The Ins & Outs of the Gig Economy

By Diane Tait

Image courtesy flickr
If you own a business like me, then you know there’s a fine line between revenue and profit.  Many a small business has been known to sell itself into the ground by under-pricing its work.  Others have hit the rocks of insolvency because they over-promised and under-delivered.  But perhaps the biggest cash crunch of all occurs when the economy takes a tumble and suddenly the burden of payroll turns your employees into a school of piranhas whose appetite sucks the life out of your firm.  While I can’t help you with the first two business busters, I can show you a way out of Chapter 11 by introducing you to a manpower resource that won’t eat you out of house and home because you only pay to play on a contract basis.  What I’m talking about is what’s known as the Gig Economy.

Is your business top heavy with employees? – Back when I first started my business 20-years ago, as soon as I hung out my shingle, I started wearing a lot of different hats to keep the business solvent.  After working 6-months or so, the business got to the point where I realized I could no longer deal with all the tasks involved in building a business on my own.  That meant one of two things: Hiring an employee or a temp.  Nine times out of ten business owners back then would usually opt for either a full or part-time employee. While temps were cheaper, the agency that ran them charged a hefty management fee and you couldn’t always guarantee you’d be able to work with the same temp, since their assignments were up to discretion of the agency.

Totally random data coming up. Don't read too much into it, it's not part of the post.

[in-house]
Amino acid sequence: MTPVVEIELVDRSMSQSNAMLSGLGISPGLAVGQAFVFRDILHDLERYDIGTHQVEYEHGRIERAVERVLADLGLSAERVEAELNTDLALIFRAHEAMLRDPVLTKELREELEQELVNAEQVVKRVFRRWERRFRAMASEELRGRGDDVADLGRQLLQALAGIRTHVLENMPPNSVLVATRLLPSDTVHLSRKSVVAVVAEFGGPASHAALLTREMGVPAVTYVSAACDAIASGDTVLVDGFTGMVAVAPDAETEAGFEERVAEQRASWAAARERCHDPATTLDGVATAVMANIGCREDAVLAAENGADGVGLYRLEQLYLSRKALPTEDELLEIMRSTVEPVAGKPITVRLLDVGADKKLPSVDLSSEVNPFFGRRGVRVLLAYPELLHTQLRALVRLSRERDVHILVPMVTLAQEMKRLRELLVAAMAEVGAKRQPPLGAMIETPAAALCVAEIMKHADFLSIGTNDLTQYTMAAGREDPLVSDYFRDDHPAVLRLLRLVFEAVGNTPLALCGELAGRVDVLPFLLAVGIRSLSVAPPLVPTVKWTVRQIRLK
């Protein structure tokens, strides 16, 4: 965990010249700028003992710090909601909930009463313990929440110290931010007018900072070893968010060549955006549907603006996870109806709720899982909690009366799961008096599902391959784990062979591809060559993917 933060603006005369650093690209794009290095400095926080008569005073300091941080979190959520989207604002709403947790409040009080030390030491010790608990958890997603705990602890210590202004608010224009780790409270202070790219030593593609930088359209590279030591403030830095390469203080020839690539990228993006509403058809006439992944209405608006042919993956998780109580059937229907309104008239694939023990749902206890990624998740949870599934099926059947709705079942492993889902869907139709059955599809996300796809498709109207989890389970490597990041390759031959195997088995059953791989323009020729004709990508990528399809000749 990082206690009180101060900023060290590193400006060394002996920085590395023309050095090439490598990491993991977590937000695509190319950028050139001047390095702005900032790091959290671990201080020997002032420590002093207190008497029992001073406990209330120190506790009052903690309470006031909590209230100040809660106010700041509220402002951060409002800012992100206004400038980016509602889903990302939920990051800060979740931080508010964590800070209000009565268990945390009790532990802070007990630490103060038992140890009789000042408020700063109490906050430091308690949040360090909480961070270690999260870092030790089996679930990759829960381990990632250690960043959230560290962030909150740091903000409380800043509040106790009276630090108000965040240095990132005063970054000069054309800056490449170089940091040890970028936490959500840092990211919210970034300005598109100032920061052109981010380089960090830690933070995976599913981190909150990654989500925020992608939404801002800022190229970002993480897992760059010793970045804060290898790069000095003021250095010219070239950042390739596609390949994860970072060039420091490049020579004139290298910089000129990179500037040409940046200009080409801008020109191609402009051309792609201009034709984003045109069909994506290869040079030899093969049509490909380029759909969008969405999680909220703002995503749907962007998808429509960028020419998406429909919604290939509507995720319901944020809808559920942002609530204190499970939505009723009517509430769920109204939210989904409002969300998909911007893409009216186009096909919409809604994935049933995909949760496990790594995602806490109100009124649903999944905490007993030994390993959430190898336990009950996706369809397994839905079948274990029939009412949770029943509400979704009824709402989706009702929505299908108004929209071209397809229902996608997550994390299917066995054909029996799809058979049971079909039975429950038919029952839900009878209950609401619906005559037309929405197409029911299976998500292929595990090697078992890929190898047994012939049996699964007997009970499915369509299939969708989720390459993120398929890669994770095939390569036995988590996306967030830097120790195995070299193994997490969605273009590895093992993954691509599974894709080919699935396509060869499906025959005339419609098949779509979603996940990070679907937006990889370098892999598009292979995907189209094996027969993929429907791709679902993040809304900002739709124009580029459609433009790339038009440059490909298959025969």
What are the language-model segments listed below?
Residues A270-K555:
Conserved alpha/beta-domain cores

Image courtesy flickr
Ten years ago, the Age of Outsourcing was born.  This enabled everyone from Fortune 500 companies to mom and pop firms to outsource everything from copy-writing and computer programming, to bookkeeping and marketing.  While the rates and tax burden of working with outsourcing companies was much cheaper than hiring employees, many times the cheapest outsourcing firms were located in places like India, China and the Philippines.  This resulted in cultural and communications difficulties that many businesses didn’t have time to deal with. As a result, outsourcing was a hit or miss proposition at best.